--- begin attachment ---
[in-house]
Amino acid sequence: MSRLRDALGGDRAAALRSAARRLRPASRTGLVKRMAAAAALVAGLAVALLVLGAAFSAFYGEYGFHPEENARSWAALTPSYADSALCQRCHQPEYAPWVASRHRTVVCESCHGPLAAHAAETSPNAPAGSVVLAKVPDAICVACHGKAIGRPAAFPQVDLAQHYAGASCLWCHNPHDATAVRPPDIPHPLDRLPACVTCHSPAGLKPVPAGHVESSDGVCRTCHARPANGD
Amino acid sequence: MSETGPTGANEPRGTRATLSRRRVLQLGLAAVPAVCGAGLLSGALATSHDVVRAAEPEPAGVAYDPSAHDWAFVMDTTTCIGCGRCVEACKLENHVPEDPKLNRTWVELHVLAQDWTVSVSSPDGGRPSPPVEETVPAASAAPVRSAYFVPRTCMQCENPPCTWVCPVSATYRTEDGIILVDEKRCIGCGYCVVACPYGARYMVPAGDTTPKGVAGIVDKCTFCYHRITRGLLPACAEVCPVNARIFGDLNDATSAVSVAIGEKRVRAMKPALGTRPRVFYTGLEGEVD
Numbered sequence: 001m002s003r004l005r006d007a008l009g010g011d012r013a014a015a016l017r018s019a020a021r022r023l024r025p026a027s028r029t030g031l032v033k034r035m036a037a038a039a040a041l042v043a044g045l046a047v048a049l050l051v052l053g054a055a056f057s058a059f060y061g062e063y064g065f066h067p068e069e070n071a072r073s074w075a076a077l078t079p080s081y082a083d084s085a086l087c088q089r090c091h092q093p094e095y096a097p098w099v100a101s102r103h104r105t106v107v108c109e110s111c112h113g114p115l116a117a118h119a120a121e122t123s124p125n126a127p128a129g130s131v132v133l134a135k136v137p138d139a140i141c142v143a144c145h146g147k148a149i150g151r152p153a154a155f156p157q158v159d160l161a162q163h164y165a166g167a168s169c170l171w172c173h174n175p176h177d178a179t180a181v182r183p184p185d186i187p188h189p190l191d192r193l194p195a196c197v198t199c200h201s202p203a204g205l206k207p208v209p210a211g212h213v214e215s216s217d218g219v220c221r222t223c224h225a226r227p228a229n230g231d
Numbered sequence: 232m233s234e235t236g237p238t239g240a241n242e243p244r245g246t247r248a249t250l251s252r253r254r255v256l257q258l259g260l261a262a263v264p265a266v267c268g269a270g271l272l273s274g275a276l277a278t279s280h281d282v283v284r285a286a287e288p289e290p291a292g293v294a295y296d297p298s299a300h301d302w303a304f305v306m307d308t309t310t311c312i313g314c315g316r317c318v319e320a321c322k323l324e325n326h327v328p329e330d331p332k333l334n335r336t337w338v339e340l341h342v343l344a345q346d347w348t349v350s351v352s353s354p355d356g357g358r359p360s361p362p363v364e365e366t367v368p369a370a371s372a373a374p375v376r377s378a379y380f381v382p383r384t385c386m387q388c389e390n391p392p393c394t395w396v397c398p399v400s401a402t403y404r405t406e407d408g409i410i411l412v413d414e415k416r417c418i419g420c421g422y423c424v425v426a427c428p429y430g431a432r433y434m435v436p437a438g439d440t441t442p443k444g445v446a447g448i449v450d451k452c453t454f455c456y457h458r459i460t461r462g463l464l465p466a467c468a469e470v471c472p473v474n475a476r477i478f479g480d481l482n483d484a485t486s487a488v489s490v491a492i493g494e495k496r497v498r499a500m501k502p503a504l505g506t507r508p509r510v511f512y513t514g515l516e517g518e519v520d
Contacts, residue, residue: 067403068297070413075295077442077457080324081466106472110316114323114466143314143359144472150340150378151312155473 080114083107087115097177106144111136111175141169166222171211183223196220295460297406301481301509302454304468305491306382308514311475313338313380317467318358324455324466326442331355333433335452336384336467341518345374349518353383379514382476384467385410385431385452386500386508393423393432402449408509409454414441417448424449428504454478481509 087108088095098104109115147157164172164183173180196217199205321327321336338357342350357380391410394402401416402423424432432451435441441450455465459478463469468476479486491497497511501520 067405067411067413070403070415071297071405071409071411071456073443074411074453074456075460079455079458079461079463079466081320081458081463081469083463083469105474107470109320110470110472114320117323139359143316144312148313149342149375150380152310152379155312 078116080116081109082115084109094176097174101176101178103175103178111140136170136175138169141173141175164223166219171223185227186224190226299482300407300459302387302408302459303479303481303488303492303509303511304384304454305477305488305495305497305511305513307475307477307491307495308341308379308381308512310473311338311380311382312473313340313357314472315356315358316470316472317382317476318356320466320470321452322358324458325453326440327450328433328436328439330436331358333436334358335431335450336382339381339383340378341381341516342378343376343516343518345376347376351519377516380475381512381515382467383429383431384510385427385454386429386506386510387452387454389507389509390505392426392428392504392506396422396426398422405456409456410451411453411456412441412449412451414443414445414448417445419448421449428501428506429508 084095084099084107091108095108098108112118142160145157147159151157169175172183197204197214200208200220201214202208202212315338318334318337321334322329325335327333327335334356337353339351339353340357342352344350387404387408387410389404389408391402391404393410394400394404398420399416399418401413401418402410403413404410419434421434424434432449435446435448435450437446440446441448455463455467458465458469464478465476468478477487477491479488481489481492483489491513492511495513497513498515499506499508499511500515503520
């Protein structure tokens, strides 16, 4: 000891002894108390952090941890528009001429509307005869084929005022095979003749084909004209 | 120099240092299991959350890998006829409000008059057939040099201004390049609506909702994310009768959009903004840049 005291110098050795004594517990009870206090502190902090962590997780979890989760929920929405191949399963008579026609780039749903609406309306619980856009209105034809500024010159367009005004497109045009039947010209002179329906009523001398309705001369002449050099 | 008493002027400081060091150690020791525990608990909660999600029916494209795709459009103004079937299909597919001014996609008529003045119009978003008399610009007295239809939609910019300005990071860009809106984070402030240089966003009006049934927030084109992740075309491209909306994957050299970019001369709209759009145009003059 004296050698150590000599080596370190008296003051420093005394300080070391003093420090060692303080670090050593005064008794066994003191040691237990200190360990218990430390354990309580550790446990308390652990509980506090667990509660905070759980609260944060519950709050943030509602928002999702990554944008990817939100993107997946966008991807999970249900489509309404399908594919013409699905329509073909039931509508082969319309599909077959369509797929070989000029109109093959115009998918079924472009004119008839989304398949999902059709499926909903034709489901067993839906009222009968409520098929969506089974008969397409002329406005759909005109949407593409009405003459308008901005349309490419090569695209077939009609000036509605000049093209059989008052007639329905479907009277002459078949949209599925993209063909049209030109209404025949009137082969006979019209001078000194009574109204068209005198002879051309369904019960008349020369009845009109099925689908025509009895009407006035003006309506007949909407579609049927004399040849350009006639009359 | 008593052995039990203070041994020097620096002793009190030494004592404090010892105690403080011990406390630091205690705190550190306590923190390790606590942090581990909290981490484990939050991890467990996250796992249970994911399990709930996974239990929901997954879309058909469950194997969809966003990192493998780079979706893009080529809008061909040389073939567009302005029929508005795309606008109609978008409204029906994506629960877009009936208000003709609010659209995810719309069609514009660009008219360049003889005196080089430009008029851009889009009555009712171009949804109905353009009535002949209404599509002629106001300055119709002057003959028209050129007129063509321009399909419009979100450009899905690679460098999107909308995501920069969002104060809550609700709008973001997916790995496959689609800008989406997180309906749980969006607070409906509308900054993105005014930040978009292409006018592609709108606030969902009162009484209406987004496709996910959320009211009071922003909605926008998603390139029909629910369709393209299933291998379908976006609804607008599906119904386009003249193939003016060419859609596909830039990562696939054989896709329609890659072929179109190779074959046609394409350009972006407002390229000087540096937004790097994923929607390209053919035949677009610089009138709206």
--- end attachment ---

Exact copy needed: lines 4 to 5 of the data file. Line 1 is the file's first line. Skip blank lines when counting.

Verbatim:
Numbered sequence: 001m002s003r004l005r006d007a008l009g010g011d012r013a014a015a016l017r018s019a020a021r022r023l024r025p026a027s028r029t030g031l032v033k034r035m036a037a038a039a040a041l042v043a044g045l046a047v048a049l050l051v052l053g054a055a056f057s058a059f060y061g062e063y064g065f066h067p068e069e070n071a072r073s074w075a076a077l078t079p080s081y082a083d084s085a086l087c088q089r090c091h092q093p094e095y096a097p098w099v100a101s102r103h104r105t106v107v108c109e110s111c112h113g114p115l116a117a118h119a120a121e122t123s124p125n126a127p128a129g130s131v132v133l134a135k136v137p138d139a140i141c142v143a144c145h146g147k148a149i150g151r152p153a154a155f156p157q158v159d160l161a162q163h164y165a166g167a168s169c170l171w172c173h174n175p176h177d178a179t180a181v182r183p184p185d186i187p188h189p190l191d192r193l194p195a196c197v198t199c200h201s202p203a204g205l206k207p208v209p210a211g212h213v214e215s216s217d218g219v220c221r222t223c224h225a226r227p228a229n230g231d
Numbered sequence: 232m233s234e235t236g237p238t239g240a241n242e243p244r245g246t247r248a249t250l251s252r253r254r255v256l257q258l259g260l261a262a263v264p265a266v267c268g269a270g271l272l273s274g275a276l277a278t279s280h281d282v283v284r285a286a287e288p289e290p291a292g293v294a295y296d297p298s299a300h301d302w303a304f305v306m307d308t309t310t311c312i313g314c315g316r317c318v319e320a321c322k323l324e325n326h327v328p329e330d331p332k333l334n335r336t337w338v339e340l341h342v343l344a345q346d347w348t349v350s351v352s353s354p355d356g357g358r359p360s361p362p363v364e365e366t367v368p369a370a371s372a373a374p375v376r377s378a379y380f381v382p383r384t385c386m387q388c389e390n391p392p393c394t395w396v397c398p399v400s401a402t403y404r405t406e407d408g409i410i411l412v413d414e415k416r417c418i419g420c421g422y423c424v425v426a427c428p429y430g431a432r433y434m435v436p437a438g439d440t441t442p443k444g445v446a447g448i449v450d451k452c453t454f455c456y457h458r459i460t461r462g463l464l465p466a467c468a469e470v471c472p473v474n475a476r477i478f479g480d481l482n483d484a485t486s487a488v489s490v491a492i493g494e495k496r497v498r499a500m501k502p503a504l505g506t507r508p509r510v511f512y513t514g515l516e517g518e519v520d